Shortly after His birth, Jesus’ parents brought Him to the temple to be circumcised. There was a priest, Simeon, at the temple who has been waiting for years to see the Messiah who would come into the world to rescue us. God told him he was going to see the Messiah before he died. Simeon was overjoyed as he held Jesus. Simeon knew this was not just a baby he would pick up, but the Messiah who would pick him up. Simeon knew that Jesus was not merely a baby he would comfort but the Christ who came here to comfort him.
Simeon told Mary and Joseph something staggering about Jesus: “This child is destined to cause the fall and rise of many” (Luke 2:34). We will either fall or rise because of Jesus. Some reject Him; some rejoice over Him. We either trip over His message or trust His message.
Other writers in the Scripture picked up on Jesus causing some to rise and some to fall by calling Him the Stone. One of Jesus’ disciples Peter wrote: “this one has become the cornerstone, and a stone to stumble over… (I Peter 2:7-8)” In that culture a cornerstone was used to build a house – and everything else in the house was positioned around that. Those who rise are those trust Jesus as their center, as their cornerstone. Those who fall are those who reject Jesus and trip over Him as the stumbling stone.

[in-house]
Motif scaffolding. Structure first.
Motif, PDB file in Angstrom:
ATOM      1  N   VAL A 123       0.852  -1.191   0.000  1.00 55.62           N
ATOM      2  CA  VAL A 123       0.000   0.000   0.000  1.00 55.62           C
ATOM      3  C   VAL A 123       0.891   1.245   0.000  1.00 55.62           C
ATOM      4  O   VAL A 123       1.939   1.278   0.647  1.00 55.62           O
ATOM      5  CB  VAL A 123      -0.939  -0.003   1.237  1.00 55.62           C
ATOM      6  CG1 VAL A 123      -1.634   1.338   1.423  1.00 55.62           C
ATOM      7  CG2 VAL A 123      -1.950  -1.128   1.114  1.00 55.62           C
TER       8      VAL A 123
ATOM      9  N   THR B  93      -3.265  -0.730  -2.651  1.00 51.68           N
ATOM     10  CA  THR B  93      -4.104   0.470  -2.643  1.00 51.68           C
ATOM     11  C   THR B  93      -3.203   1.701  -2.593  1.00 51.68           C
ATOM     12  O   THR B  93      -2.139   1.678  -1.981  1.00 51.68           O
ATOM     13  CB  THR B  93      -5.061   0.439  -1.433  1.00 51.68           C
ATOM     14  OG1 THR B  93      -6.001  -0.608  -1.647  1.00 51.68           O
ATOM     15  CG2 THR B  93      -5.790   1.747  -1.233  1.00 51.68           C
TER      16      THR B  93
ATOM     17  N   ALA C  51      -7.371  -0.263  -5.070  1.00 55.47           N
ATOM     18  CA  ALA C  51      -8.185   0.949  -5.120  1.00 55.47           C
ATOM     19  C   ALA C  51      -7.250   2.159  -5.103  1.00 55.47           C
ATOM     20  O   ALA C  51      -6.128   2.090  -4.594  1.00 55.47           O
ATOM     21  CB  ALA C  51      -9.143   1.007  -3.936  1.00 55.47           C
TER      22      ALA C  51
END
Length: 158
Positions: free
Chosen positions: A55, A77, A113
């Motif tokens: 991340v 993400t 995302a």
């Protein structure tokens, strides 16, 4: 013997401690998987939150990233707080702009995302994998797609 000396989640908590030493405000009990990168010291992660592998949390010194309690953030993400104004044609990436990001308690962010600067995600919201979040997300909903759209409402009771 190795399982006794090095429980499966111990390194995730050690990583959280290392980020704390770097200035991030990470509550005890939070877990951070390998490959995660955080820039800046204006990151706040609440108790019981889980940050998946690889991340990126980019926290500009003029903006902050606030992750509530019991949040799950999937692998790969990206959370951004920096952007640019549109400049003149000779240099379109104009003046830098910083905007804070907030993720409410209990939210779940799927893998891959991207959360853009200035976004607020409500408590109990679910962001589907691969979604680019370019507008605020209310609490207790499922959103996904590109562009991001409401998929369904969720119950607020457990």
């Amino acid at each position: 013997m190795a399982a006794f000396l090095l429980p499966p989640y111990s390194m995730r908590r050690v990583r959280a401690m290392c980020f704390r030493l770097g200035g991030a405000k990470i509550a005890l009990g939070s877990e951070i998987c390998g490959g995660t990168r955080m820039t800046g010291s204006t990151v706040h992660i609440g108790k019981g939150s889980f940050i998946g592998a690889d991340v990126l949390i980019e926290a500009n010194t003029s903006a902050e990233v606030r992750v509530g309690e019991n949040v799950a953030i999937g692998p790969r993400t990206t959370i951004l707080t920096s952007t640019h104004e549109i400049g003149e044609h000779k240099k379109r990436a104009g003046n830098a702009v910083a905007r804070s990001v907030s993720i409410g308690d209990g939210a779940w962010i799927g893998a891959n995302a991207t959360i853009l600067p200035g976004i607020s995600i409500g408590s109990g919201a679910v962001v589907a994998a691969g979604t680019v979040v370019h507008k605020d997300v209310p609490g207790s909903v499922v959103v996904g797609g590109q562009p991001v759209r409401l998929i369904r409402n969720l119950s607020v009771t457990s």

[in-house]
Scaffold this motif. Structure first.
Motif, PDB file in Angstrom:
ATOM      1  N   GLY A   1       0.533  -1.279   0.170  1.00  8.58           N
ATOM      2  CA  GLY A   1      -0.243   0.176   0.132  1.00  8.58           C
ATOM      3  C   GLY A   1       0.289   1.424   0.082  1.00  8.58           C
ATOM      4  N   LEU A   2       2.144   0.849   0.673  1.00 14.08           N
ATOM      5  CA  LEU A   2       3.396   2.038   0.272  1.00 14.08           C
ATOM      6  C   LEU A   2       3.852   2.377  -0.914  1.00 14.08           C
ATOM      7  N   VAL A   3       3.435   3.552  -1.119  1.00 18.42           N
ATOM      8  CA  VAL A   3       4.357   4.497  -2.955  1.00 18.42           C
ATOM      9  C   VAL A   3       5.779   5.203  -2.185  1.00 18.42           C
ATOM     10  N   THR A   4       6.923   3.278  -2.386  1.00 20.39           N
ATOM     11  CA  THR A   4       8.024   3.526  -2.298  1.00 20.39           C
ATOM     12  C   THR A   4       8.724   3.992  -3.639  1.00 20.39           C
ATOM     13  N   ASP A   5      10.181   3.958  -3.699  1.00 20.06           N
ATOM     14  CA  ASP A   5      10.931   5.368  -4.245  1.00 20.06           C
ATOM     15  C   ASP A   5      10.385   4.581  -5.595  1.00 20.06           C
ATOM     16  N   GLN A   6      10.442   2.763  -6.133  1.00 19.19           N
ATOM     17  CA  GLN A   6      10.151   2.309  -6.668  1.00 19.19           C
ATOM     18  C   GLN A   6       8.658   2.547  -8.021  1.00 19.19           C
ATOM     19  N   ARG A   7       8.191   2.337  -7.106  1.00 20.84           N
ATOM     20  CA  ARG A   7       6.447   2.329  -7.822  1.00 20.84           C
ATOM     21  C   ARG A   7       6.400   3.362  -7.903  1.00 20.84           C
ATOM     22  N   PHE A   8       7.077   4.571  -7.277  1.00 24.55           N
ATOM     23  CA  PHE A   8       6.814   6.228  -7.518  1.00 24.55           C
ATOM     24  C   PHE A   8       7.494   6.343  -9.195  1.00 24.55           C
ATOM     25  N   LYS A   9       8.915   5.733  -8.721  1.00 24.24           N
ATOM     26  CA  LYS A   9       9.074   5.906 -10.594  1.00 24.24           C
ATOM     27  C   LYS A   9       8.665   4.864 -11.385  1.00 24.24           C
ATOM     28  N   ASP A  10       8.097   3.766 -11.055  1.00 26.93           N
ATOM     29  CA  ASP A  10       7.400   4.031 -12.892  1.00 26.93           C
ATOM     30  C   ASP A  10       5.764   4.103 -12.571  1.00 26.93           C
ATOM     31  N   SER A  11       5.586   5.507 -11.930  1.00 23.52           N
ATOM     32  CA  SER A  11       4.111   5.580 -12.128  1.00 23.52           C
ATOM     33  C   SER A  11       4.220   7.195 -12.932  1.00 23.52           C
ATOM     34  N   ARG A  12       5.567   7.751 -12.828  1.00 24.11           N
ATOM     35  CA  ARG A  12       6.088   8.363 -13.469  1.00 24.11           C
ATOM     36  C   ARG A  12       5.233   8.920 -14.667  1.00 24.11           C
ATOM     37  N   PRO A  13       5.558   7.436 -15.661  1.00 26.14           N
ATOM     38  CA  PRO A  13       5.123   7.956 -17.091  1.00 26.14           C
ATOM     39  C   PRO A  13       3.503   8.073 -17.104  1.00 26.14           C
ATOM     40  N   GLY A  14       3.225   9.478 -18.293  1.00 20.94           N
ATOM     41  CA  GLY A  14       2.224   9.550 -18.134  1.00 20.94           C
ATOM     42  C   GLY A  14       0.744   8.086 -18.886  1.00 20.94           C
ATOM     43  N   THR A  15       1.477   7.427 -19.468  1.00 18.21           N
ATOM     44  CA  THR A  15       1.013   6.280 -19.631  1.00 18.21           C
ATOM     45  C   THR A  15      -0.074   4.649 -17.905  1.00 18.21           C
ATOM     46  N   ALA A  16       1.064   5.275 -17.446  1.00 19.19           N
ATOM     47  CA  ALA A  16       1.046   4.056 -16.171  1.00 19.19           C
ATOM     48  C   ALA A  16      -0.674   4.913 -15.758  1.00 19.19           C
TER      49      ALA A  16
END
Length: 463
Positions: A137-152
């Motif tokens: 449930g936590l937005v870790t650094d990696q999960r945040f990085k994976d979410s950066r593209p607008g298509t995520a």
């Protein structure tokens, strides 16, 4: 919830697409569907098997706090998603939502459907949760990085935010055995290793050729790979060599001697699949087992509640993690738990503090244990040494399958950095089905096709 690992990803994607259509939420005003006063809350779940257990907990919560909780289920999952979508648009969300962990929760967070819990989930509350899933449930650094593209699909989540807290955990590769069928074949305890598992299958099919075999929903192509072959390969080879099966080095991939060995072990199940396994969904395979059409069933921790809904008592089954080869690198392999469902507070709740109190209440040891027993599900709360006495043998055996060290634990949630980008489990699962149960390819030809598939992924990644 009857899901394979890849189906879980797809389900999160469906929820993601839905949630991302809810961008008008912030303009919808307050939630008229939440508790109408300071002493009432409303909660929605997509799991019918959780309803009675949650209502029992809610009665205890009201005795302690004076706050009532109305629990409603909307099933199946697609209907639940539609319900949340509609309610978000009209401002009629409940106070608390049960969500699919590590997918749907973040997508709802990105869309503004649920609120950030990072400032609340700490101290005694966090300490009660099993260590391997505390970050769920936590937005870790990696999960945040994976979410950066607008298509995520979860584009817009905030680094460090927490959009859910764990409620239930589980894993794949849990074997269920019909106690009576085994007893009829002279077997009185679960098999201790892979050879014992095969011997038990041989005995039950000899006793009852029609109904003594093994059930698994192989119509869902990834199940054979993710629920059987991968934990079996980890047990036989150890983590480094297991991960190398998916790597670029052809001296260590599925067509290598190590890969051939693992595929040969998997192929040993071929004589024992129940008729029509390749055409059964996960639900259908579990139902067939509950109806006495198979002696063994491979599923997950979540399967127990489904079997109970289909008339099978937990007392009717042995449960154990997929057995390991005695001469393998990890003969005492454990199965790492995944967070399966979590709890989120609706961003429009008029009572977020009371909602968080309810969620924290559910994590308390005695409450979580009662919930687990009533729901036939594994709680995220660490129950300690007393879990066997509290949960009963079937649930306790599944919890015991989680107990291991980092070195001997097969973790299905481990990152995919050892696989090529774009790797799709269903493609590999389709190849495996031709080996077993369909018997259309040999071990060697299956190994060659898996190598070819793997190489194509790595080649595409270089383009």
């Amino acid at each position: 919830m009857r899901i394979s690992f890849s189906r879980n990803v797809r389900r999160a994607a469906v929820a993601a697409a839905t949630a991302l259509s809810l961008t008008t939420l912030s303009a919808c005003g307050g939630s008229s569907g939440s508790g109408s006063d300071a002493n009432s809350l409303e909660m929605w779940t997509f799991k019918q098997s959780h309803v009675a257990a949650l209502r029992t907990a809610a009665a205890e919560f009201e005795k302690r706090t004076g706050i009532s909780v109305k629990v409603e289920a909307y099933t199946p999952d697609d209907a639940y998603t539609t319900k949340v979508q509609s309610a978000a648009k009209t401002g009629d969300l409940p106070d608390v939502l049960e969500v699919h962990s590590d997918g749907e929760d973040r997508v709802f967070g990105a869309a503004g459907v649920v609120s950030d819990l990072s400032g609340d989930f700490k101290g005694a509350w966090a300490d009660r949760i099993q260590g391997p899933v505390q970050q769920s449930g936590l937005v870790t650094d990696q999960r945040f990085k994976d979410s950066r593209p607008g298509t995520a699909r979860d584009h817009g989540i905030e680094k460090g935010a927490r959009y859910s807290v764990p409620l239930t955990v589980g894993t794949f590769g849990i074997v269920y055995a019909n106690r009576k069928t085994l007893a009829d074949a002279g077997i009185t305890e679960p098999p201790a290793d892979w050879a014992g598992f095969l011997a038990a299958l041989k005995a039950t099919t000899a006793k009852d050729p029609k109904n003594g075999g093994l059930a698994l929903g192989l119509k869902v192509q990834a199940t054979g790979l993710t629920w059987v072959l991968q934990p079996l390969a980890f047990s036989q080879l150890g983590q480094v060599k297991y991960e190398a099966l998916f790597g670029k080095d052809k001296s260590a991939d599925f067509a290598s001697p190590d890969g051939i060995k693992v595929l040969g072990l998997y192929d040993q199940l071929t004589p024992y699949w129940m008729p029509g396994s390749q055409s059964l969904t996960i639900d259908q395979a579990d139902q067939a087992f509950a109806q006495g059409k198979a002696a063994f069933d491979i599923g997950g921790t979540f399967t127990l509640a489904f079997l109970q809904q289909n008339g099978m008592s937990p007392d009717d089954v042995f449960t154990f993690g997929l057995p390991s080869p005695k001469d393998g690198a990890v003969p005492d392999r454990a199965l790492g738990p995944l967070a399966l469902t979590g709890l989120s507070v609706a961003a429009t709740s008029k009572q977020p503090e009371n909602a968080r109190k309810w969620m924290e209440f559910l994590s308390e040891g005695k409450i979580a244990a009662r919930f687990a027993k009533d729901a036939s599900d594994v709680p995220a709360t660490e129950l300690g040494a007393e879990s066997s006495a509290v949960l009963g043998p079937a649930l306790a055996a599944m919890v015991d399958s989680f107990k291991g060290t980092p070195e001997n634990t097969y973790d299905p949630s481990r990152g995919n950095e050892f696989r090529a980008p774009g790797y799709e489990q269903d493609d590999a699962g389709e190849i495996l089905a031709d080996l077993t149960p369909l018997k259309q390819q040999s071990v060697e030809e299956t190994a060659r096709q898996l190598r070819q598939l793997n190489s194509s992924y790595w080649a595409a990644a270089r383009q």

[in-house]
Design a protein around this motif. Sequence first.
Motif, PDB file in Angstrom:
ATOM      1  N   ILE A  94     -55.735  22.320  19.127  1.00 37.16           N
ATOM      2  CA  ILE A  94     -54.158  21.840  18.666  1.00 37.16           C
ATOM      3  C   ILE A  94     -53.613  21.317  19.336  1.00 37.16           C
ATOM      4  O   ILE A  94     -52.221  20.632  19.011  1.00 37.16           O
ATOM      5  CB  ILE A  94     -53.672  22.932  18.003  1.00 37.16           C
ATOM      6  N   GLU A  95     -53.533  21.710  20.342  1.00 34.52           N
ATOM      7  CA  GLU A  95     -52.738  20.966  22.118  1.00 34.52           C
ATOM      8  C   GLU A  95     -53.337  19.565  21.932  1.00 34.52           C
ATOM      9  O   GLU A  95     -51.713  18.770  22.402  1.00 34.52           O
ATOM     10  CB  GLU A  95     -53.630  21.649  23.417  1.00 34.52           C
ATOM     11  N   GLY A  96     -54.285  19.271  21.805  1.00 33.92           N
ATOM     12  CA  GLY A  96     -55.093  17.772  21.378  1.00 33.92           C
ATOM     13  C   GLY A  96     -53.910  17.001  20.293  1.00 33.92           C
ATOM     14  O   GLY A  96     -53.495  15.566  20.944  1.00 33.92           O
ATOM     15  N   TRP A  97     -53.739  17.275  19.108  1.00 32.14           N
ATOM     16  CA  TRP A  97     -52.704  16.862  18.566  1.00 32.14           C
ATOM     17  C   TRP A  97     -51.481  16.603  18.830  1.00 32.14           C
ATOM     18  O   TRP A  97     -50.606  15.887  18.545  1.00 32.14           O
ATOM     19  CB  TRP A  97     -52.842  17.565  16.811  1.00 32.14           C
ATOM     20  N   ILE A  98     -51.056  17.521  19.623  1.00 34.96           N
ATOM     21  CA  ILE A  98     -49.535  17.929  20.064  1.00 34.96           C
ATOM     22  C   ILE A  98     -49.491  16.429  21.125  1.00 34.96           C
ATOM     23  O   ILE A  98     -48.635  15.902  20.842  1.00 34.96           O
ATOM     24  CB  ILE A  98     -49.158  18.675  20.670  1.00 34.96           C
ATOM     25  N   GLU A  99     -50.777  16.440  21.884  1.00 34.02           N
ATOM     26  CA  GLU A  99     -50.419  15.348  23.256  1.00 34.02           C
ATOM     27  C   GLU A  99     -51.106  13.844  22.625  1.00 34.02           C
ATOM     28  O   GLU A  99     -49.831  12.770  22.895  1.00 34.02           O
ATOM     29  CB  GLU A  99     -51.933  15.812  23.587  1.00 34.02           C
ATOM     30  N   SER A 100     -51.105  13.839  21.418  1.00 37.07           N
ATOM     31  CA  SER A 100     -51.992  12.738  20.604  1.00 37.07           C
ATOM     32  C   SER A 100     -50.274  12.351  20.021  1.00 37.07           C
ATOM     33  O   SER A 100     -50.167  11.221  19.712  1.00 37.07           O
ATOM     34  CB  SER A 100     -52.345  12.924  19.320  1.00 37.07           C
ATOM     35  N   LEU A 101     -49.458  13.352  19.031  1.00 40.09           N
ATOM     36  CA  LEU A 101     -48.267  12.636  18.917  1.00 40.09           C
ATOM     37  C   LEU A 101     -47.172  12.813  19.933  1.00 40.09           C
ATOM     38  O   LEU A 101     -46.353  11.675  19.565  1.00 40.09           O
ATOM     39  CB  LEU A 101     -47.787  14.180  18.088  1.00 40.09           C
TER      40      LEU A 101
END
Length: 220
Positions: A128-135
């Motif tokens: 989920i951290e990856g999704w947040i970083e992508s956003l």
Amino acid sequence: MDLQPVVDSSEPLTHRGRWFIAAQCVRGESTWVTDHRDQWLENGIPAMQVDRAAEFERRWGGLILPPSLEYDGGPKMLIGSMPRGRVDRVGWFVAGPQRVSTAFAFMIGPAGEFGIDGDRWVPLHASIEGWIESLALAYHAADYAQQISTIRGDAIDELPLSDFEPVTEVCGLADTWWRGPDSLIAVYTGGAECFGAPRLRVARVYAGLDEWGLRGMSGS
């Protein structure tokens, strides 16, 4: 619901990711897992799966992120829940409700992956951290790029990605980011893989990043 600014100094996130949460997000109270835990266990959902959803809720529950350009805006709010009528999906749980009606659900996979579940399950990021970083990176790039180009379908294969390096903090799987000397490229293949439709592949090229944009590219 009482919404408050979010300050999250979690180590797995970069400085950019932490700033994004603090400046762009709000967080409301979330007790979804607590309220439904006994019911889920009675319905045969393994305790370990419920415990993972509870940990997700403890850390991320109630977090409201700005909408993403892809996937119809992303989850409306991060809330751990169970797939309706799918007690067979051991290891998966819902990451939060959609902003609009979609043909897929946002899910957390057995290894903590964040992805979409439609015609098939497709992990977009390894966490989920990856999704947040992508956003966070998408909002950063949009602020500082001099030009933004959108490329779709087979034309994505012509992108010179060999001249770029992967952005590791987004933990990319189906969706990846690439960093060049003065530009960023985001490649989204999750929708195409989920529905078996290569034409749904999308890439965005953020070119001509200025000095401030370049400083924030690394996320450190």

Jesus is like the best Lego piece in a kid’s bedroom. The Lego piece can be the cornerstone of an amazing building or it can be the most painful moment in the middle of the night. If you have ever stepped on one in the middle of the night, you know. Most objects give when you step on them, but not Legos. A Lego can withstand 950 pounds of pressure. Though small, they are extremely powerful. As Simeon held Jesus up, this tiny baby, Simeon knew Jesus would be the stone that would cause many to rise and many to fall. Though He entered our world humbly, He is the King who cannot be trampled over.
Why does Christmas cause some to fall and some to rise?
Some don’t want a King; some rejoice that Jesus is their King.
Many don’t want another King, and Christmas is when our King has arrived. In the Christmas story we learn that King Herod was threatened by Jesus, because he wanted to be the only King. We are often the same way insisting to be in charge of our lives. While some stumble over Jesus’ insistence that He is the King, some savor Jesus as King – knowing that Jesus is a much better leader of our lives than we are.
Some don’t think they need a Savior; some rejoice in Jesus as their Savior.
Christmas reminds us that Jesus did not ask us to meet Him half way. Jesus came all the way here for us. Those who insist they are good enough or can achieve joy for themselves won’t enjoy the message of Jesus. But those of us who know we need grace, who have felt the weight of our struggles, rejoice that we have a loving Savior who has accomplished salvation for us.
Christmas is glorious because Jesus our good King and gracious Savior, the One our hearts long for and the One we ultimately need. May the beauty and power of the Christmas message cause us to rise with joy and gratitude.